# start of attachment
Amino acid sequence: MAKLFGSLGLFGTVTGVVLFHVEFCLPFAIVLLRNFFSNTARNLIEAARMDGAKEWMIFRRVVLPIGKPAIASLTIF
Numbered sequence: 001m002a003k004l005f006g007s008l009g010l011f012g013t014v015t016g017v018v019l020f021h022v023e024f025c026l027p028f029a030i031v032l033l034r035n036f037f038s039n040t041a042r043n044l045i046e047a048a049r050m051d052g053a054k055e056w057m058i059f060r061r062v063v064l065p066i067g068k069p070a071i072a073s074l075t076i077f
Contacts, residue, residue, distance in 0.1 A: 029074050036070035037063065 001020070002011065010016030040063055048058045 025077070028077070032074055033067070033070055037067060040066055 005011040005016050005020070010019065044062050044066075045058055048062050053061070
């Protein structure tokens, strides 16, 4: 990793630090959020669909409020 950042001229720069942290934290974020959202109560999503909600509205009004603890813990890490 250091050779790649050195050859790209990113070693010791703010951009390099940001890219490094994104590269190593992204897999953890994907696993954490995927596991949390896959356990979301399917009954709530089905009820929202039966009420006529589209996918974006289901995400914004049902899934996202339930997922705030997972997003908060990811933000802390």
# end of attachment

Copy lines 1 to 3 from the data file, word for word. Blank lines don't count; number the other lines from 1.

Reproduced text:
Amino acid sequence: MAKLFGSLGLFGTVTGVVLFHVEFCLPFAIVLLRNFFSNTARNLIEAARMDGAKEWMIFRRVVLPIGKPAIASLTIF
Numbered sequence: 001m002a003k004l005f006g007s008l009g010l011f012g013t014v015t016g017v018v019l020f021h022v023e024f025c026l027p028f029a030i031v032l033l034r035n036f037f038s039n040t041a042r043n044l045i046e047a048a049r050m051d052g053a054k055e056w057m058i059f060r061r062v063v064l065p066i067g068k069p070a071i072a073s074l075t076i077f
Contacts, residue, residue, distance in 0.1 A: 029074050036070035037063065 001020070002011065010016030040063055048058045 025077070028077070032074055033067070033070055037067060040066055 005011040005016050005020070010019065044062050044066075045058055048062050053061070